Port Manchac could serve as a low-cost facility for unloading crude oil from trains and transferring it to barges headed for area refineries, a study shows.
Patrick Dufresne, executive director/CEO of the South Tangipahoa Parish Port Commission, said Port Manchac began handling small shipments of Canadian tar sands crude in 2013 and wants to expand on that, relying on a marketing report based on research by Southeastern Louisiana University and engineering firm URS.
This year, the port is set to begin $3 million worth of improvements that include dredging the harbor to 10 feet, adding a new bulk liquid dock and some roadway improvements.
“So we’re looking to expand that (rail-to-barge) operation to other companies that are looking to make the investment for more rail track and more storage tank facilities,” Dufresne said.
Stone Oil was unloading around 30 tank cars a week, he said. The port hopes to land a tenant who will build a facility capable of unloading 100 tank cars a day. The facility would join a number of others that have been built in the past few years.
The cost would be $24.6 million at Port Manchac, with a permit time of 90 days, the report says. The typical Mississippi River terminal can cost as much as $150 million and can take up to two years to permit.
The port already has some of the infrastructure needed, such as 6,000 feet of railroad track and barge-loading equipment.
The port could also serve as a logical shipping point for oil production from the Tuscaloosa Marine Shale, which stretches across the middle of Louisiana, Dufresne said. The oil could be trucked to the port today and then moved by barge.
Port Manchac’s rail-to-barge plans face some challenges.
Crude rail shipments to Louisiana may decrease alongside Louisiana’s price advantage. At one time, energy companies could get $20 more per barrel by shipping their shale oil to Louisiana instead of a hub at Cushing, Oklahoma. But the huge increase in shale oil production has left Gulf Coast refineries awash in crude, and the premium has shrunk.
It costs around $11 a barrel to ship oil from North Dakota to Louisiana by rail, compared to $5 per barrel via pipeline, according to RBN Energy LLC. When the Louisiana price advantage falls below $11, as it did in March and April, producers look to send the oil elsewhere. The falling price helps explain why the amount of oil unloaded at a terminal in St. James fell by about 50,000 barrels per day in April.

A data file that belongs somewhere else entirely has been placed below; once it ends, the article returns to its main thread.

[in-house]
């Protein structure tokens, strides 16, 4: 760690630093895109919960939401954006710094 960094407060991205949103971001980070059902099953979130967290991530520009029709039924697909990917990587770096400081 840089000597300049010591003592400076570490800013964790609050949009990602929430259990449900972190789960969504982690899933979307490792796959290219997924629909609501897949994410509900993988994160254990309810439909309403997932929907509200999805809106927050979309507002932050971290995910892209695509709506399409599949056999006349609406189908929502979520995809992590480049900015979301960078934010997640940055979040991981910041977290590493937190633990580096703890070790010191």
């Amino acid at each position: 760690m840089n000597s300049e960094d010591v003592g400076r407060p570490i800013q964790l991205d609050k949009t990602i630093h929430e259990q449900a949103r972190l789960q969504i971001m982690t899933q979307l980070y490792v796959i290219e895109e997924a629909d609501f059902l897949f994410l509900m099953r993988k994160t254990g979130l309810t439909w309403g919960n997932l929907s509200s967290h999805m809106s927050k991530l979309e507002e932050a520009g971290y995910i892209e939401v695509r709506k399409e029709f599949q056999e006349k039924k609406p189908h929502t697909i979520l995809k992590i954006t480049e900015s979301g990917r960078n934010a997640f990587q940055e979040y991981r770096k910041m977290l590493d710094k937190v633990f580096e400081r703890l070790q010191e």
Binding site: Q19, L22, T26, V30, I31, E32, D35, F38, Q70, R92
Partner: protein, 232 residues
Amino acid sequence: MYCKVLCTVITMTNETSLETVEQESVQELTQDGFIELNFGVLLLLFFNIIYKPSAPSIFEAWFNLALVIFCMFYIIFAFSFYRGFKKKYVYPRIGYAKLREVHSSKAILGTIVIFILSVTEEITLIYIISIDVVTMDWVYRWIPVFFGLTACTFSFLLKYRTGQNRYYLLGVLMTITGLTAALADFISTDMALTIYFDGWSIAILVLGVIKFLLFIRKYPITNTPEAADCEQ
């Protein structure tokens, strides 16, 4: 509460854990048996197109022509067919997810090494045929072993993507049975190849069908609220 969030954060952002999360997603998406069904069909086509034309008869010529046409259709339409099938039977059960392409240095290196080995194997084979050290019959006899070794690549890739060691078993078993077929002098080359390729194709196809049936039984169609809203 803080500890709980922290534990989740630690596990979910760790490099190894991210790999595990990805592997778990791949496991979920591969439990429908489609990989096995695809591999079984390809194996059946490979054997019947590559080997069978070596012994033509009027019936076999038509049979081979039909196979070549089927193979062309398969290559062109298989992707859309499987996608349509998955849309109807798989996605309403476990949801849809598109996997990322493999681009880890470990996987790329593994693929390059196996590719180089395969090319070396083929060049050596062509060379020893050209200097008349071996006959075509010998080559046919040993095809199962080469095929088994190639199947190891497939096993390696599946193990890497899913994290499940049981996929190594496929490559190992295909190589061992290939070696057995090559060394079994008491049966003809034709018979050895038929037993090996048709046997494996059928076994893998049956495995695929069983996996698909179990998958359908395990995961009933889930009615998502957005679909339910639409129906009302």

The oil congregating on the Gulf Coast is going to have to sit in storage for a long time before refiners need it, or it will have to move to other refineries around the country, said David Dismukes, executive director of the LSU Center for Energy Studies. The more likely destinations include refineries in the upper Midwest, in Ohio and around the Great Lakes.
Meanwhile, growing at Port Manchac from a couple of dozen rail cars that are part of a train that might also include grain or container cars up to a “unit train” of 100 tank cars of crude oil increases the impact of a derailment, said Lorne Stockman, research director for clean energy advocates Oil Change International.
“What we’ve found across the country is that the impact from a unit train derailment is much more severe. … You’ve got more velocity. You’ve got more cars involved. You’ve just got a hell of a lot more crude oil involved,” Stockman said. “Those big accidents where we’ve seen those big fireballs … those have involved unit trains.”
Transloading facilities like the one Port Manchac is considering also encounter air quality issues, because volatile compounds can escape when the oil is transferred from trains to barges, Stockman said. The risk of barge accidents also increases as traffic does; already this year, there have been spills from barge collisions near St. Charles and in Galveston Bay, Texas.
Dufresne said these sorts of incidents draw lots of negative attention, while no one notices the tremendous amount of oil that is transported safely.
Port Manchac’s tenants and the shipping industry have safety measures in place and experience moving oil as efficiently and safely as possible, he said.
Follow Ted Griggs on Twitter, @tedgriggsbr.